End of Part 2...
 

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Discussion Starter #448
Steering Column - Part 3:
This is the "cut out" section of the upper column that sits over the lower steering column shaft.



So the clamp is bolted into position here.



Which means the outer column can only be pushed down as far as this clamp.



However, this still doesn't leave enough room for the steering wheel at the other end.



But if I fix the steering wheel thread at the other end, this is what happens at the bottom end.



At this point I was at a complete loss to explain what was going on, but then Lady Luck finally shone on me.

With all the testing I was doing, I'd noticed that the nylon bush at the top of the steering column was split.



So I figured before I did anything else with the column, I should check the bottom bush as well.

According to my manual, the rubber "buttons" on either side of the lower bush needed to be depressed before removal.



But these buttons didn't line up with the holes and appeared to be partially cut off.

So I figured I should order a new one anyway and proceeded to cut off the remains of the buttons to aid removal.

It then took a long time and a significant amount of brute force and ignorance to drift the lower bush out of the outer column.

If the nylon insert wasn't damaged before, it certainly was by the time I'd finished.



But at least by the time I had finally finished knocking the rest of the bush out, I had got to the real cause of my problems.

Believe it, or not, but there were actually two bushes sitting at the bottom of the column (but only one nylon insert).



So I went back to the Triumph spares supplier's website and checked their diagram.



Clearly there is only meant to be one lower bush/bearing at the bottom of the column and it should sit around here.



Whereas I had two sitting somewhere around here, although not protruding out as far they are shown in this photo.



All I can think of is the previous owner tried to insert a new bush, without removing the old one first!

End of Part 3...
 

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Discussion Starter #449
Steering Column - Part 4:
So I went back to basics again and started at the top...

With the steering wheel fully pushed down onto taper on the shaft there is plenty of room for the nut.



I then left a wafer thin gap between the steering wheel and the indicator cancelling "thingy".



I was very happy to see that with the top end sorted, there was still plenty of room at the bottom end for the clamp to go on. :cool:
( Note: The lock nut is loose, and will not be in the way when fully tightened up. )



When the new parts arrived, I could finally put the steering column back together.



I started at the bottom and used a bit of yoga mat to protect the bush and a washer to help me "tap" it evenly into position.



In the end I had a big stack of washers inside the column & also used a bit of wood to cushion the hammer blows.



I even managed to get the rubber button to pop out in the right place.



Funny how much extra room there was when there was just one bush fitted in the correct place. :rolleyes:



It turns out that the "split" in old upper bush is meant to be there, as the new one has one too.



Still, there is no harm in fitting a new one anyway.



But just when it looked like I was finally ready to refit the column, another problem arrived.

End of Part 4...
 

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Discussion Starter #450
Steering Column - Part 5:
Unfortunately, the main power wire from the ignition switch had broken off & can't be fixed.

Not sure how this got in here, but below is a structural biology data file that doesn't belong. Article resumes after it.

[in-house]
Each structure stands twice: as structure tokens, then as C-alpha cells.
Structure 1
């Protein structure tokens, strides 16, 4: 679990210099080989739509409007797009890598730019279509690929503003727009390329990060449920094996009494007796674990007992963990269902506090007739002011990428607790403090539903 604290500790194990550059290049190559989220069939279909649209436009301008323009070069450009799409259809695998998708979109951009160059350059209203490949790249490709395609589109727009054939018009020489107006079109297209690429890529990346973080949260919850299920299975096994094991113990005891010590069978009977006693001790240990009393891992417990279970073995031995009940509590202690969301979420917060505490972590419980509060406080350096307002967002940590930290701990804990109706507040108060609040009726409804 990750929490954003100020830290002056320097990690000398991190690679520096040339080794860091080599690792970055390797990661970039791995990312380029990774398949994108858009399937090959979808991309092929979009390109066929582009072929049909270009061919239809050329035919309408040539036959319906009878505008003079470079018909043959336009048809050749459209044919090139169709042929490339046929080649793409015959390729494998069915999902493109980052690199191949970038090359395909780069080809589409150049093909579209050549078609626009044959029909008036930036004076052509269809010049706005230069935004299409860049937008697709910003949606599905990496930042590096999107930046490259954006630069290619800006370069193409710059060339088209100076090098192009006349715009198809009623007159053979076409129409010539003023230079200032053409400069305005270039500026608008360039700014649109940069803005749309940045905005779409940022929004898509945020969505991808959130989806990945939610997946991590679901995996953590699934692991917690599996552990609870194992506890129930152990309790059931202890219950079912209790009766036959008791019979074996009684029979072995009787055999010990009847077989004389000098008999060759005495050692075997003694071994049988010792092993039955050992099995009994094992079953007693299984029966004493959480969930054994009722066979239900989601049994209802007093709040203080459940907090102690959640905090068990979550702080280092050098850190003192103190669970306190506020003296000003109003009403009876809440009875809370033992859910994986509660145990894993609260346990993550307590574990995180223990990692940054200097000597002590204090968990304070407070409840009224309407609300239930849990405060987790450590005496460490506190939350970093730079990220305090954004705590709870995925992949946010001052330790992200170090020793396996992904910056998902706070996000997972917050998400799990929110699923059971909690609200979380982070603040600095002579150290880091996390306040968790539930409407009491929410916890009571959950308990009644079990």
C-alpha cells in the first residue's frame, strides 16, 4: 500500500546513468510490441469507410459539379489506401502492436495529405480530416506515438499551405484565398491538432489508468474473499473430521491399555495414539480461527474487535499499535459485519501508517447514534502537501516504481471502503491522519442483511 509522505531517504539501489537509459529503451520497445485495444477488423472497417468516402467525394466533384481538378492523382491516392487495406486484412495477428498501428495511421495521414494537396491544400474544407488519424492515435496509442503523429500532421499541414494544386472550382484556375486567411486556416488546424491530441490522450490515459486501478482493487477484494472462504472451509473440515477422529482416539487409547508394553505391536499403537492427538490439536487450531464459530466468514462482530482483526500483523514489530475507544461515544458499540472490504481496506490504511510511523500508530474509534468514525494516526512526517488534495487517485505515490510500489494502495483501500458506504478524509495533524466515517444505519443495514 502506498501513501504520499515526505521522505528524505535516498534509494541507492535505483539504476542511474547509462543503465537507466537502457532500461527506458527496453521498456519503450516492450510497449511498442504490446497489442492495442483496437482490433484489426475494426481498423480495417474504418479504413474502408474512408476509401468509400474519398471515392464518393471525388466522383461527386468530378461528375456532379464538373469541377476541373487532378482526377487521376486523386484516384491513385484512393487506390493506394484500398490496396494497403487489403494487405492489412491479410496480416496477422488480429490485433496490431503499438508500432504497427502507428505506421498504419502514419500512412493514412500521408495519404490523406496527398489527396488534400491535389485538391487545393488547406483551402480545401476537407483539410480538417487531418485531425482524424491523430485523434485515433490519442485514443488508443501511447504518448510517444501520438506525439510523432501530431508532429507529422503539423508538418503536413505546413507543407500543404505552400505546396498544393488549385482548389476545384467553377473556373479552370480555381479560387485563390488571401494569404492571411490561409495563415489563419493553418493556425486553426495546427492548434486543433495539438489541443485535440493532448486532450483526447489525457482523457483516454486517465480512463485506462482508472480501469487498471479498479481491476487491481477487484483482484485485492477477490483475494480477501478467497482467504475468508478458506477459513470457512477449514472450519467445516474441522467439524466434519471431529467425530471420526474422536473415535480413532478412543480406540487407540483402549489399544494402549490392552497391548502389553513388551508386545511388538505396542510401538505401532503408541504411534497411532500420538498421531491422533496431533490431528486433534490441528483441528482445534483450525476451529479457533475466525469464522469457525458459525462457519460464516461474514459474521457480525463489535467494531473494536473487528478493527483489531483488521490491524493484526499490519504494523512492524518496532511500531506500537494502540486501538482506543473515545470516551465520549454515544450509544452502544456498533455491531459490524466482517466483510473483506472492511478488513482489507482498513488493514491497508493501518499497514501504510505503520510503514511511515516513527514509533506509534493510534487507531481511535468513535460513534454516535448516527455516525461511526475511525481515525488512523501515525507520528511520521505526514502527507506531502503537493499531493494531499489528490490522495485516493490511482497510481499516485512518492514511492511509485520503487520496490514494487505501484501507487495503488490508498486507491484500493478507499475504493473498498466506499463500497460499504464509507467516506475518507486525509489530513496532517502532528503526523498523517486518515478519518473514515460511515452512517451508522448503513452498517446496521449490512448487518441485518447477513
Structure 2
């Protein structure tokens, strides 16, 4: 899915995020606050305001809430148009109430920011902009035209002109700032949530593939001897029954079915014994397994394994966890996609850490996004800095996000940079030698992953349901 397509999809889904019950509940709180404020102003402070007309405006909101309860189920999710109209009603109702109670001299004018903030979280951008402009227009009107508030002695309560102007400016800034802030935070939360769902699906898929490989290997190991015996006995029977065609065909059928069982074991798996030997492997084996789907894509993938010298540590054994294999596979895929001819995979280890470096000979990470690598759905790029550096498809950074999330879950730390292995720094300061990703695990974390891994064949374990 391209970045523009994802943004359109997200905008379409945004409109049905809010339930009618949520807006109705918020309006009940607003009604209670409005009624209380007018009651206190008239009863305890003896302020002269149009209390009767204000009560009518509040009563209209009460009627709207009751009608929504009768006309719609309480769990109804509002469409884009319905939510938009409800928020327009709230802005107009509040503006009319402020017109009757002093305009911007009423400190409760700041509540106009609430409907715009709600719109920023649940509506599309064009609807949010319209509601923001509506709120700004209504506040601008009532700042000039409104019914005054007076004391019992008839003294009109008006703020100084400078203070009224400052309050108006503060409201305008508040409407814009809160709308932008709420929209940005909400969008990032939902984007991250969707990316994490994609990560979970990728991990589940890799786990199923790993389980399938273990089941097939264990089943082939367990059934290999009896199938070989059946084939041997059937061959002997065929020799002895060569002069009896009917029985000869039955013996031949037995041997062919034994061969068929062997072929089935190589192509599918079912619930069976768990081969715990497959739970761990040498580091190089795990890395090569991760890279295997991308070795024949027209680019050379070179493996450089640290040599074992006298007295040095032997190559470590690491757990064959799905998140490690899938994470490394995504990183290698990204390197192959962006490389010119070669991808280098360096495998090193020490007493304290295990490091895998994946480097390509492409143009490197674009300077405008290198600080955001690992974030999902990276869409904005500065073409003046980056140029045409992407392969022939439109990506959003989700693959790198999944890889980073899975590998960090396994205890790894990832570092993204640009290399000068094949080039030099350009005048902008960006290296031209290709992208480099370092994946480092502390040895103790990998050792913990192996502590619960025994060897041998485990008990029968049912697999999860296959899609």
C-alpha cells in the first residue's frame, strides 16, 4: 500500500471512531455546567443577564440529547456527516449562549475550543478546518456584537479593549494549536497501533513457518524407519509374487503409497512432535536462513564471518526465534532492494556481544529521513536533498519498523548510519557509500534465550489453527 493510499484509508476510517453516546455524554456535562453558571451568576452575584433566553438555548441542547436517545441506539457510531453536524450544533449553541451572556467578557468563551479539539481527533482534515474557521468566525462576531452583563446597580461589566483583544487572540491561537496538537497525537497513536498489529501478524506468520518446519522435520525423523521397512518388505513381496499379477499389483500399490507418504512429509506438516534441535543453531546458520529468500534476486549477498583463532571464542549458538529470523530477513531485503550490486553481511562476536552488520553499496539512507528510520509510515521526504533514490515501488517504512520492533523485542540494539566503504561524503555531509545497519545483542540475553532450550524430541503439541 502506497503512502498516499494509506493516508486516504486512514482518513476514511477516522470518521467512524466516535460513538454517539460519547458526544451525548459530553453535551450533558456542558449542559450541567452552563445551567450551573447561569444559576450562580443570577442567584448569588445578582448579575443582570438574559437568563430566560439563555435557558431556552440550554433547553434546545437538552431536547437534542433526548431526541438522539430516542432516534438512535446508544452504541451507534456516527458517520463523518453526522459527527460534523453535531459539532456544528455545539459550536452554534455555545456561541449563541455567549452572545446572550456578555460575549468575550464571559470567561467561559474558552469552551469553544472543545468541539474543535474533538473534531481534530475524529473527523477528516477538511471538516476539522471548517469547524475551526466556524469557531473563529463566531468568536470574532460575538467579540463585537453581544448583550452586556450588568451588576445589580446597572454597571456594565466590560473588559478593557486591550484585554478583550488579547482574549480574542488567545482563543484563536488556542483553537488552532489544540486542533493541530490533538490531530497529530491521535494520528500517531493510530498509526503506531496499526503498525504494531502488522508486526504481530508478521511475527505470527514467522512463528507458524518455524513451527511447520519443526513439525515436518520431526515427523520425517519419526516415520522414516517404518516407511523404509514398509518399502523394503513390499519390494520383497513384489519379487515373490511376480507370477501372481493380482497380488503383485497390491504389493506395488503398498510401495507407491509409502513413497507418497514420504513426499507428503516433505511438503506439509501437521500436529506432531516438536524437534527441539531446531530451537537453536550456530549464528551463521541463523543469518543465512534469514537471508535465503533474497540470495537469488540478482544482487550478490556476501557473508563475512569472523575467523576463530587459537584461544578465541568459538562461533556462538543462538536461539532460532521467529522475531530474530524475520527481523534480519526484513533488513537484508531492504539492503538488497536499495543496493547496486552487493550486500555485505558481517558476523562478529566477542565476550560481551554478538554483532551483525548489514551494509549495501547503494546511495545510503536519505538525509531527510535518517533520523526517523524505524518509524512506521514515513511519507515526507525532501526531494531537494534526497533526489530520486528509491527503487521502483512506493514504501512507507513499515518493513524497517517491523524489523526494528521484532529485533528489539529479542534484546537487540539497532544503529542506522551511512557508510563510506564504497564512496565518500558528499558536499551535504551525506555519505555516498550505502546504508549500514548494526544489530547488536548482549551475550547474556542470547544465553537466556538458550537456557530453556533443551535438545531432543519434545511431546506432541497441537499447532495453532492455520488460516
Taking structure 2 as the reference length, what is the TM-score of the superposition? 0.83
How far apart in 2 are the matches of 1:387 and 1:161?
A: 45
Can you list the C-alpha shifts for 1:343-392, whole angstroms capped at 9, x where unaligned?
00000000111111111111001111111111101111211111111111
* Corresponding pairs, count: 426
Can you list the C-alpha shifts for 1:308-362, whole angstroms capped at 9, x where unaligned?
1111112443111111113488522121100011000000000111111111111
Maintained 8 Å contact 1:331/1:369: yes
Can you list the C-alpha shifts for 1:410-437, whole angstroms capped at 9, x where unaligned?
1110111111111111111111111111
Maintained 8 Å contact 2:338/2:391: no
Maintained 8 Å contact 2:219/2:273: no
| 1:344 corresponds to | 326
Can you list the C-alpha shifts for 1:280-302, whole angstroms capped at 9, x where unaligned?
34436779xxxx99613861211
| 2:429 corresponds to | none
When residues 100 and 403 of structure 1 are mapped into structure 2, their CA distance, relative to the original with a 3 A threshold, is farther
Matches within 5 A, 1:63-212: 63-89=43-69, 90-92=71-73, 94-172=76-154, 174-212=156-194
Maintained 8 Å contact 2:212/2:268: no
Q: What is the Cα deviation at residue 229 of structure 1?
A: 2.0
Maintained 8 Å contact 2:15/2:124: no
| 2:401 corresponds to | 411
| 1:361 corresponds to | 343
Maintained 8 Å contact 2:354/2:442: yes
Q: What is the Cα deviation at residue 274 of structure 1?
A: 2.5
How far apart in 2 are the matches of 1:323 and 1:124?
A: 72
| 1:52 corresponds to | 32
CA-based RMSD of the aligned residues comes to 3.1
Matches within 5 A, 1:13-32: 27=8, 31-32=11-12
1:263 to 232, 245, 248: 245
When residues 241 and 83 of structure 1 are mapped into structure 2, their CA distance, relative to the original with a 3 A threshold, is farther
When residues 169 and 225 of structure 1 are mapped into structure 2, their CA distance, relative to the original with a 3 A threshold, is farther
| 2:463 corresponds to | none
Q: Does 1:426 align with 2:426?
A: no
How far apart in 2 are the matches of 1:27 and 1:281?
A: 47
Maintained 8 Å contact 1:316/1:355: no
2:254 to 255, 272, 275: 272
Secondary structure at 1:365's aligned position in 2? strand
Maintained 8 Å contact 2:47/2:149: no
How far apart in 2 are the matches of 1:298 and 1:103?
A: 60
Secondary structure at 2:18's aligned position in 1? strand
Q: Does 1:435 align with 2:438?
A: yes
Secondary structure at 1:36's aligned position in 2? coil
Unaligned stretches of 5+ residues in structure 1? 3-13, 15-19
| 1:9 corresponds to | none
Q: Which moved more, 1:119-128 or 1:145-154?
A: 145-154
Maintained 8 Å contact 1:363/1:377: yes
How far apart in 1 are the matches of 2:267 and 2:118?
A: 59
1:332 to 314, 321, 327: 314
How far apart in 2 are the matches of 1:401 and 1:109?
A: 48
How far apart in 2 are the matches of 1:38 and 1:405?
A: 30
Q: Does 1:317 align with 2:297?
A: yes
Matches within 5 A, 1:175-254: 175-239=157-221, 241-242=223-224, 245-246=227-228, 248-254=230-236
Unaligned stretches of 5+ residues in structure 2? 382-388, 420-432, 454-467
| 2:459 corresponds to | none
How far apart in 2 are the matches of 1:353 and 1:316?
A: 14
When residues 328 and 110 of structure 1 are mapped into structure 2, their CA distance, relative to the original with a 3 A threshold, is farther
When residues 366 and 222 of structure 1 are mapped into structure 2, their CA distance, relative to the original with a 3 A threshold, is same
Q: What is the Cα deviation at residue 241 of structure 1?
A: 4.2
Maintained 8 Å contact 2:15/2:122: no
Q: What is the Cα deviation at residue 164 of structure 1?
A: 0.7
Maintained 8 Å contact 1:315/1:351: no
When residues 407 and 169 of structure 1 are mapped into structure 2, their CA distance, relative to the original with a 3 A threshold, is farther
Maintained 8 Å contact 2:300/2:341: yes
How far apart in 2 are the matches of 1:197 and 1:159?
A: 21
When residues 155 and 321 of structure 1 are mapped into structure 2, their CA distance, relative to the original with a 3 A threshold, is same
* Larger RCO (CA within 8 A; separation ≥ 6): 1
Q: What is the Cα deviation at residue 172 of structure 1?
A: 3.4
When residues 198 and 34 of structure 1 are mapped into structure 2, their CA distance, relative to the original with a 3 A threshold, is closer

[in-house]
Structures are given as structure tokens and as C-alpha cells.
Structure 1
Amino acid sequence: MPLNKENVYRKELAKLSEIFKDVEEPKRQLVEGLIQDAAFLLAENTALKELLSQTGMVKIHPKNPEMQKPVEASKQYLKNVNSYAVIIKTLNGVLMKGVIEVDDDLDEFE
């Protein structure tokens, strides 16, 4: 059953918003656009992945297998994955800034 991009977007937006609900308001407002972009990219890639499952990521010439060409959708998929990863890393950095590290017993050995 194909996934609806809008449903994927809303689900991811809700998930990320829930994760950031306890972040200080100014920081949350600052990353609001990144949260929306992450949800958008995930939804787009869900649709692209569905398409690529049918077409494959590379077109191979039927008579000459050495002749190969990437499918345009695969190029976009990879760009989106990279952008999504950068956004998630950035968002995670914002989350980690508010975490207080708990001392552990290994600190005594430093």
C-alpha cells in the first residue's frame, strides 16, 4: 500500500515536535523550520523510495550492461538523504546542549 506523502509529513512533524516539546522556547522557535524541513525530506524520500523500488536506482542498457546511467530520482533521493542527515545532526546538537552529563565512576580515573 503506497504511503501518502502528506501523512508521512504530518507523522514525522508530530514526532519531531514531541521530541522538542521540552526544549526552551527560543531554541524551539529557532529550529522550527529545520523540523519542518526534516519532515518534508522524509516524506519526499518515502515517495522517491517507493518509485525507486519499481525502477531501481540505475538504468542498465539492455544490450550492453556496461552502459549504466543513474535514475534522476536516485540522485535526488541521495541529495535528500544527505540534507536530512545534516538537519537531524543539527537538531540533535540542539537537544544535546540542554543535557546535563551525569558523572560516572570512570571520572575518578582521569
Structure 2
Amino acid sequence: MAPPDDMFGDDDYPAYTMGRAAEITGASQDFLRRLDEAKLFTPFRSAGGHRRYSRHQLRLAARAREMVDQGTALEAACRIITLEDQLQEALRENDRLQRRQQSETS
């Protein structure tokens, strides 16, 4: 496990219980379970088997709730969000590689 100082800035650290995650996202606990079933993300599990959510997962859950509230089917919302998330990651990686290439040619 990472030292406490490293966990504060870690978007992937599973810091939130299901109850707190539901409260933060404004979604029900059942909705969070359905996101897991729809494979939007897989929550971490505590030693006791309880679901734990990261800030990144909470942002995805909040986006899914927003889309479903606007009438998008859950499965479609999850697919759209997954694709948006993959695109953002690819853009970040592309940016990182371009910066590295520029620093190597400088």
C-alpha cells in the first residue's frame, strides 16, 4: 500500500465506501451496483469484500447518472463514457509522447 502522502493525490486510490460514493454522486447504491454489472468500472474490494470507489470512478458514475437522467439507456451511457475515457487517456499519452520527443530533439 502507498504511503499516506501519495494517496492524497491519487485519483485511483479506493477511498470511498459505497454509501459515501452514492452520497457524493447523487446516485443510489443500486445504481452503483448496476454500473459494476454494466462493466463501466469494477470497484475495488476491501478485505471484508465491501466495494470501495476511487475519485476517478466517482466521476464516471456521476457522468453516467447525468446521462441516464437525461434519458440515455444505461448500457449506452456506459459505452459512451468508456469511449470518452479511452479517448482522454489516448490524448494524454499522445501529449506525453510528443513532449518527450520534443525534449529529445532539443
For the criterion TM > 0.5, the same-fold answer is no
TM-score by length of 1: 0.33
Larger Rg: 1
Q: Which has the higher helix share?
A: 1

The only good news is that there are just two small screws holding this piece in place.



So the whole thing was removed and a new replacement ordered.



On closer inspection, the white wire in the close up photo above is just hanging on by a thread.

So this was a failure waiting to happen and at least it will now be taken care of properly.

New part arrived.



And fitted.



Next I tapped the two pins that came with the steering wheel boss into position.



These pins engage with the indicator cancelling "thingy" like so and everything works like it should.



After yet another session crawling around "upside down" in the foot well the steering column was back in position.

Except this time, there is plenty of thread available for the new (& correct) steering wheel nut.
( Note: Just finger tight in the photo. )



So I could now turn the steering wheel and watch the front wheels turn.



I know it isn't much, but after all the hassle this job had given me, it did seem like a major step in the right direction.

For the record, I went back and checked the last time I could turn the wheels and it was 21st July 2012.



Note:
Look how happy I looked back then, clearly I had no idea what a nightmare this project was going to become.

But rather than dwell on the negatives, I took more positives from temporarily fitting the steering wheel centre section.



This will not be permanently fixed into position until the dash is removed again and all the instruments are wired up.

So for now, I've cut a hole in an old tennis ball to protect the steering column threads when the steering wheel is removed.
( I hope this will also protect my head when I'm working in the cockpit. )



Now there was a lot of waiting around for parts with this job, so I was working on another area at the same time.

Unfortunately, this job turned out to be quite a pain as well...
 

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Discussion Starter #451
Radiator:
A very long time ago I bought a new wider radiator, which was a standard Spitfire replacement part.

But I didn't fit it at the time because I wanted to get other work, such as the hood hinges, sorted out first.

There were just four bolts to remove, as I don't need to reuse the metal sections on either side of the radiator.
( Note: I do have a mounting bracket for the overflow bottle. )



So the removal stage was straight forward.





But then I seemed to really struggle to put the new radiator into position and how hard can fitting 4 bolts be?